The Icarus Girl – a Review
Opobo women and children in Nigeria in the late nineteenth century
Growing up between cultures is hard, even more so when the two cultures are as far apart in distance and tradition as Great Britain and Nigeria. Normal in England is more sterile, more predictable and life is easier. Growing up in England does not prepare a person for the vividness of Nigeria, where myths are an accepted part of reality. Nor does leaving Nigeria prepare a person for what must be left behind in England.
The central theme of The Icarus Girl, by Helen Oyeyemi, seems to western readers to be supernatural. TillyTilly is real, or she is not. There is no in-between. Eight-year-old Jessamy has developed mental issues.
But to readers familiar with the dual worlds of the spirit and the human plane that coexist for so many on the African continent, there will be an immediate recognition that what might seem supernatural in the West is just an extension of the natural; possibilities exist that aren’t as clear cut as healthy thinking on one side and a problem for modern medicine to fix on the other. Jessamy’s problems are not all in her head.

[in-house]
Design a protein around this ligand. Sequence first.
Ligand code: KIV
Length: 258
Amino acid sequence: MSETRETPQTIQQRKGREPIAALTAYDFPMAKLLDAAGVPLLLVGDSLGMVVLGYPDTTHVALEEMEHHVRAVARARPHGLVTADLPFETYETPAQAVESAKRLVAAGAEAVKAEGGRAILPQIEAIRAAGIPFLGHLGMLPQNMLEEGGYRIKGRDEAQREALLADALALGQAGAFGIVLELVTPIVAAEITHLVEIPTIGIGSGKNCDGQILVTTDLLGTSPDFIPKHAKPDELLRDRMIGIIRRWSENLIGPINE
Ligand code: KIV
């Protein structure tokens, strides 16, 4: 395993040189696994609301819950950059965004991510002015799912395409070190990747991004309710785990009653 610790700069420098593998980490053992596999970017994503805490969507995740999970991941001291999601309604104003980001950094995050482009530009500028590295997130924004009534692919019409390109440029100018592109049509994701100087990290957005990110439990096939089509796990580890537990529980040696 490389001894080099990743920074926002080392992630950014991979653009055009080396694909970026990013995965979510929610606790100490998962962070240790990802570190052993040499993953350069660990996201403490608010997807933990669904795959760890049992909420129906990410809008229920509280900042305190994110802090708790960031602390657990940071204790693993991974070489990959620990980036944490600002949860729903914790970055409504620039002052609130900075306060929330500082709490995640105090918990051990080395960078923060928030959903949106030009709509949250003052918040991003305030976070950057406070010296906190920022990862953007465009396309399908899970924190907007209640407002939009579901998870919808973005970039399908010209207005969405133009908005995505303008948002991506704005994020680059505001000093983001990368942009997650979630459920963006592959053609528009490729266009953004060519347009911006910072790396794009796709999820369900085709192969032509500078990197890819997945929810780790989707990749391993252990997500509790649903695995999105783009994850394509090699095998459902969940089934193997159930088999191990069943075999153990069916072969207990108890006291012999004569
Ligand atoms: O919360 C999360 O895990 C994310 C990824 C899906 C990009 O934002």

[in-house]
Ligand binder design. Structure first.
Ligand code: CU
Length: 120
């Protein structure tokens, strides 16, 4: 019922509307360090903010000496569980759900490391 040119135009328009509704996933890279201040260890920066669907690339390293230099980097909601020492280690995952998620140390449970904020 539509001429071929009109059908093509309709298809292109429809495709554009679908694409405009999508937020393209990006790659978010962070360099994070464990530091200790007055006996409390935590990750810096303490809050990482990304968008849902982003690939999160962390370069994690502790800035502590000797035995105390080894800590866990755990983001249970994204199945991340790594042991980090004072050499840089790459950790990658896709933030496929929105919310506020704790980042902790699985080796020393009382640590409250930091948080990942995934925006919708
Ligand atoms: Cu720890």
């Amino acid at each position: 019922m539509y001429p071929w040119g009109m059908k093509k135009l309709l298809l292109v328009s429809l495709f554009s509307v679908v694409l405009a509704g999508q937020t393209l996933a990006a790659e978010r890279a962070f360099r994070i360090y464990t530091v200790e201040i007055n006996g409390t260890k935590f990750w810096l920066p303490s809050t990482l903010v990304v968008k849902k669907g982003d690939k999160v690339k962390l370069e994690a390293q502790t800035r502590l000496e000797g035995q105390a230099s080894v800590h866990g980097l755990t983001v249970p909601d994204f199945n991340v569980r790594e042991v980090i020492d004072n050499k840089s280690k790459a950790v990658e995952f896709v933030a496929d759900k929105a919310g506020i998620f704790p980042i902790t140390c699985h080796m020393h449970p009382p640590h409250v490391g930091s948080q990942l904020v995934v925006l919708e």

But Jessamy is not the only person caught between two worlds – her mother, trying so hard to assimilate to England and leave the superstitions of her Nigerian upbringing behind – denies the problem until it just may be too late.
The Icarus Girl is a timely peek into the world-between-worlds that third culture children navigate. Unique and engaging, it also stands out for being written when the author was just seventeen-years-old. Seeing both worlds through the eyes of a child who is of both worlds and neither, is almost an explanation.